While the name Chicken Cordon Bleu sounds very French, the dish has origins in Switzerland. The base of the recipe is a schnitzel or breaded chicken breast.
The origins of this schnitzel recipe date back to the 1940s and it was first mentioned in a cookbook in 1949. The earliest reference to chicken cordon bleu in America is in the 1960s.
Comfort food is subjective, though in my mind this recipe is a dose of vintage comfort food. Everyone’s idea of comfort food is different.
Some reach for ice cream, some fried foods, and for others, it’s sweets in the form of cake, cookies, or pie. When my kids are in need of comfort food, they often ask for my chicken cordon bleu. Its cheesy center will make anyone happy.
This recipe came about because there used to be a meat market in town that sold a variety of stuffed chicken breasts. Our supermarket sells them too, but the ones at the specialty store are the ones my husband recalls.While the name Chicken Cordon Bleu sounds very French, the dish has origins in Switzerland. The base of the recipe is a schnitzel or breaded chicken breast. #dinner
When I was shopping there one day I noticed they were $7.99 and thought to myself that I could make them. Especially when I can buy a package of boneless skinless chicken breasts for around $4.00 a pound. So I set out to make them.
The first time I made them my husband asked me if I broke down and splurged. I told him no, I made them. He did not believe me until I told him to watch out for the toothpicks.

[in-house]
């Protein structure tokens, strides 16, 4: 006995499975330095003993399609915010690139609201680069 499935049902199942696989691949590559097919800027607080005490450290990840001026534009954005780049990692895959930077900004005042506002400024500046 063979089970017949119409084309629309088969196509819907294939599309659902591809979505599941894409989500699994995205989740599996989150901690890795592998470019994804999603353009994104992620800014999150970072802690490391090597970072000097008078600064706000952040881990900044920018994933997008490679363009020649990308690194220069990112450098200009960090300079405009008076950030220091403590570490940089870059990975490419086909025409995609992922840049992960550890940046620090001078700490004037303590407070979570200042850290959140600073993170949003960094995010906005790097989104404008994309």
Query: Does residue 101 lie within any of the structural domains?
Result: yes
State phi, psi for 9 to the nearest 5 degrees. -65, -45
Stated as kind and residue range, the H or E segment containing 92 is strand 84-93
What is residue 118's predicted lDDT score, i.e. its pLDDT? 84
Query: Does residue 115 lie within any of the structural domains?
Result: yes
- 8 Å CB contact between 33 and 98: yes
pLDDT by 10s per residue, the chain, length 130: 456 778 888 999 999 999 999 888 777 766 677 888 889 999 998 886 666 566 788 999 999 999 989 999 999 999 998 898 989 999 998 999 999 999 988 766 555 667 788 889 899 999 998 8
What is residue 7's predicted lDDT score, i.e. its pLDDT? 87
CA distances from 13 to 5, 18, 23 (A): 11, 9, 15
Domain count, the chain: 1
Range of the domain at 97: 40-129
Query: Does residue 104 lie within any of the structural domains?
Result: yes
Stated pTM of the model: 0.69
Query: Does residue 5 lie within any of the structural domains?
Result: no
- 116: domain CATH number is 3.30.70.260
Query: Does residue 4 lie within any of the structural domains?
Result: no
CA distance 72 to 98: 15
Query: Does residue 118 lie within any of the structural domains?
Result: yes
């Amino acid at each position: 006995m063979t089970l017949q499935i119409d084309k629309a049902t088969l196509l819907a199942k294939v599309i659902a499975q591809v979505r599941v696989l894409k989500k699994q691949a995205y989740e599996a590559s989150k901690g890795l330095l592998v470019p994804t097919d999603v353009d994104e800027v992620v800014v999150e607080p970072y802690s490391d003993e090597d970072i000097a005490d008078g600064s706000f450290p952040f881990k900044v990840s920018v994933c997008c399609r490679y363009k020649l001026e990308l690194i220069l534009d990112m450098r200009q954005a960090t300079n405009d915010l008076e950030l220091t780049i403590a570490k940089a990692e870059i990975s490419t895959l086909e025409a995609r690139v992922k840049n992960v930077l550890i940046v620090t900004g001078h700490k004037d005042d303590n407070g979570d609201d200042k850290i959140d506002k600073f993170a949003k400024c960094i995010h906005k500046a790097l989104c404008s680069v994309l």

Yes, I left them in the first time I made them. Probably the second time too. Now, since I’ve made them so often, I feel comfortable removing them before serving. They won’t unroll and spill out the filling.
Once you get the hang of making a stuffed chicken breast you’ll no doubt want to try other combinations. In this recipe, the traditional cheese to use is Swiss. On a rare occasion, I don’t have Swiss cheese on hand, I’ll substitute provolone.
The only thing I would caution is not to overstuff before you roll it up. It will make keeping it together more difficult. It’s also an impressive dish for company. Your goal is a delightful swirl of ham and cheese inside the chicken breast.
- 4 boneless, skinless chicken breasts, pounded to even thickness
- 4 slices Swiss cheese, thin slices
- 8 slices deli ham, I use pre-packaged honey ham variety
- 1 egg, beaten
- 6 tablespoons butter, melted
- 1 ½ cups Italian breadcrumbs
- Preheat oven to 350 degrees F.
- In a small baking dish place egg and beat lightly. In a separate bowl, gently mix melted butter with breadcrumbs until breadcrumbs are moist.
- On a plastic cutting board or parchment, assemble chicken. Lay chicken breast flat and top with one slice of cheese and two slices of ham on top. Roll chicken from top to bottom and secure with toothpicks. You should need no more than 3 or 4.
- Gently dip the chicken roll into beaten egg and then into the breadcrumb mixture, coating generously. Place into ungreased baking dish. Repeat until all are completed.
- Bake for 45 - 50 minutes or until juices run clear.
- Remove toothpicks before serving.
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Originally published January 18, 2018; Updated October 25, 2020